function showStuff(err, code, users) {
if (err) throw err;
console.log(code);
console.log(users);
}
)
</pre>
<p class="answer">
And Tame:
</p>
<pre class="prettyprint lang-js">
await {
fs.readFile (__filename, defer (var e1, code));
fs.readFile ("/etc/password", defer (var e2, users));
}
if (e1) throw e1;
if (e2) throw e2;
console.log (code);
console.log (users);
</pre>
<p class="answer">
Also of note: Step is making pretty specific assumptions about how
errors are passed.
<p class="answer">
In general, control-flow libraries aren't bad for simple examples (such as our 1st simple Buffy example), but they are not happy with more complicated flow management (such as our 2nd Buffy example).
</p>
<p class="question">
Have you heard about StratifiedJS?
</p>
<p class="answer">
Yes - it's also a translation of JS and seems to use a similar compilation technique, and we think it's more evidence that the Node
community needs something on top of JS. However, we see several advantages to the Tame approach. First off, it's
simpler: just two new keywords (<span class="code_term">await</span> and <span class="code_term">defer</span>), only
the former of which is a true language addition (the latter being syntactic sugar).
Second, it's more powerful, allowing arbitrary parallelism, not just two-way parallelism
with <span class="code_term">waitfor..or</span>. Finally, it's easier to integrate: traditional JS code can call tamed code, and vice-versa,
whereas traditional JS cannot conveniently call stratified JS.
</p>
<p class="question">
Do exceptions and tame play well together?
</p>
<p class="answer">
Sort of. Code with <span class="code_term">try..catch</span> will compile in all cases, and run as expected when not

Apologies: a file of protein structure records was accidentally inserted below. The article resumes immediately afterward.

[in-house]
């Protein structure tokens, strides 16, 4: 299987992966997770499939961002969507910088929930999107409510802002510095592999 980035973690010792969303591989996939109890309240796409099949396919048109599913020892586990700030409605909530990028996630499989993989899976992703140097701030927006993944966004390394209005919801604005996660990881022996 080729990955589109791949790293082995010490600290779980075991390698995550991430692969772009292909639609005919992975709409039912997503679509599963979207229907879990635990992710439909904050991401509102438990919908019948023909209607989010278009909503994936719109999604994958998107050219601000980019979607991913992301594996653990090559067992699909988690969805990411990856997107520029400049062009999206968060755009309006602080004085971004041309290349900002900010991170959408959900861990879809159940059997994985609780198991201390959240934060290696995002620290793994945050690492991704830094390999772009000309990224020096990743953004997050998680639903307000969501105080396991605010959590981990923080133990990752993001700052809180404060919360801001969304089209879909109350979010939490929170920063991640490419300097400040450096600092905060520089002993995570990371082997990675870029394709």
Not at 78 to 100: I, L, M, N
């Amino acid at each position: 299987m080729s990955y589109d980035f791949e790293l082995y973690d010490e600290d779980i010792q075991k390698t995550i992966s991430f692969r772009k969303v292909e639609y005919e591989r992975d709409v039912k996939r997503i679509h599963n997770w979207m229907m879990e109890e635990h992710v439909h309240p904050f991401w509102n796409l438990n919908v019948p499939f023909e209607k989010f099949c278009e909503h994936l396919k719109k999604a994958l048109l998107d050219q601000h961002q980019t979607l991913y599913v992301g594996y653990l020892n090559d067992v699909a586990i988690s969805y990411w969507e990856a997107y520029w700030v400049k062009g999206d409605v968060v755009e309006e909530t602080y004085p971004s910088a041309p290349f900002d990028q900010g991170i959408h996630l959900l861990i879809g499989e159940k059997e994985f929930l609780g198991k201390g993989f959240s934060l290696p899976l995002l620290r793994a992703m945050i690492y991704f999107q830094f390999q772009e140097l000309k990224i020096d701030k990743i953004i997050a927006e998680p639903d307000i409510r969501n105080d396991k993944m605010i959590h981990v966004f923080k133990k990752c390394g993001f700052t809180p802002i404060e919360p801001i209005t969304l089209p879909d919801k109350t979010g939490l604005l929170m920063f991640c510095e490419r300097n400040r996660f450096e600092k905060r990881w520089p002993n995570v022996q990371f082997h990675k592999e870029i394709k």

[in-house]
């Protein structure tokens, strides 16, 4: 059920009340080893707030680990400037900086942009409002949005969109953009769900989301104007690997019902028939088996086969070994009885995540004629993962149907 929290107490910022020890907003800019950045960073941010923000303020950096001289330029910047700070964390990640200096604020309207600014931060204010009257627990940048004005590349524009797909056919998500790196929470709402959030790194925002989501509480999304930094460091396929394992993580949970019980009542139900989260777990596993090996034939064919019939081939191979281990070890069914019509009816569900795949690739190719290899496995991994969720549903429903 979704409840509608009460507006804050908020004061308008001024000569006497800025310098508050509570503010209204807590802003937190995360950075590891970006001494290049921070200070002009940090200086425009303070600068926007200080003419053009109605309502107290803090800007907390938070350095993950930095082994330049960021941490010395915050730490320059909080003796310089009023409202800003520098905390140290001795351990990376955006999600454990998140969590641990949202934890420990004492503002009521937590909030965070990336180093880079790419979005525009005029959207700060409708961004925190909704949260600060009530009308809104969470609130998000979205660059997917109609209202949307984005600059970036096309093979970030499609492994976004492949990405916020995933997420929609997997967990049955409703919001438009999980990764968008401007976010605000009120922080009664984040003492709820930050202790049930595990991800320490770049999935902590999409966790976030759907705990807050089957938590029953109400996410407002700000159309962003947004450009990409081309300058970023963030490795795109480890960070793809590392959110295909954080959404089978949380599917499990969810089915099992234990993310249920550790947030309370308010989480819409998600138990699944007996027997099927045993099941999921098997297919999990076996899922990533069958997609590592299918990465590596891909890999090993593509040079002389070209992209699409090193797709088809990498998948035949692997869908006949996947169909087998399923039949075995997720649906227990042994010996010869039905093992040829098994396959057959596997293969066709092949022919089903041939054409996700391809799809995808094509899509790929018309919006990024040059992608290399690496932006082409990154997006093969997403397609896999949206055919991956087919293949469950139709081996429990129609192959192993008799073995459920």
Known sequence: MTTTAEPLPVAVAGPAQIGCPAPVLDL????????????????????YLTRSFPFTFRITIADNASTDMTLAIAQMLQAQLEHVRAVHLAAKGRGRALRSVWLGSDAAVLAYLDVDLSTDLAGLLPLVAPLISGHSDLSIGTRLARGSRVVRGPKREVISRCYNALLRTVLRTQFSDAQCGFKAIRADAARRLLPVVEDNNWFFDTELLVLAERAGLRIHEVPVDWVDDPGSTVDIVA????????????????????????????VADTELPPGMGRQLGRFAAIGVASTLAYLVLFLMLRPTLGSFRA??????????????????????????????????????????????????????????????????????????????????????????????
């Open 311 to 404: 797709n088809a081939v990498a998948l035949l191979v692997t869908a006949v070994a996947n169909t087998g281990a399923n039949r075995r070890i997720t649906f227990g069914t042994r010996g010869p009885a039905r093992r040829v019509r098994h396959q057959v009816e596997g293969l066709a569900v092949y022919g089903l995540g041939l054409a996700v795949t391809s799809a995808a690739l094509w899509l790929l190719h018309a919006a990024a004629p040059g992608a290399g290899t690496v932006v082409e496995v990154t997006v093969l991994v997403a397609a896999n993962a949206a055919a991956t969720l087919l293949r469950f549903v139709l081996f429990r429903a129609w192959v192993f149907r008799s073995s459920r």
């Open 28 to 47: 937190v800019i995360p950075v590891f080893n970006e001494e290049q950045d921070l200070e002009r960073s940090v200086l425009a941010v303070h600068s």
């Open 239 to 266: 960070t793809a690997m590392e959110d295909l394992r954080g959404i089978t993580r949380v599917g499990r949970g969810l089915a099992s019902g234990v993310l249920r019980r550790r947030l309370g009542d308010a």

composed with <span class="code_term">await</span> blocks. But consider the following snippet of traditional JavaScript code:
<pre class="prettyprint lang-js">
try {
setTimeout (function () { throw new Error ("XX"); }, 10);
} catch (e) {
console.log ("Caught: " + e);
}
</pre>
The exception thrown after the 10 msec will <b>not</b> be caught, because returning to the base event loops rips apart
the call stack. Not surprisingly, this tamed version exhibits the same behavior:
<pre class="prettyprint lang-js">
try {
await setTimeout (defer (), 10);
throw new Error ("XX");
} catch (e) {
console.log ("Caught: " + e);
}
</pre>
</p>
<p class="question">
I'm still not sold. Ok?
</p>
<p class="answer">
Just try it in an existing project. We hope it will grow on you. Fortunately you don't
need to commit to Tame for an entire project.
</p>
<h3>Latest Release / Issues</h3>
<p>
It's brand new but working well! <a href="https://github.com/maxtaco/tamejs">See us on github</a>.
</p>
<h3>Are you guys hiring?</h3>
<p>
Yes! If you're a Node developer and you'd like to help us build scalable and useful websites and web apps,
let us know. We're hiring in NYC. To get in contact, email chris at okcupid.
</p>
</div>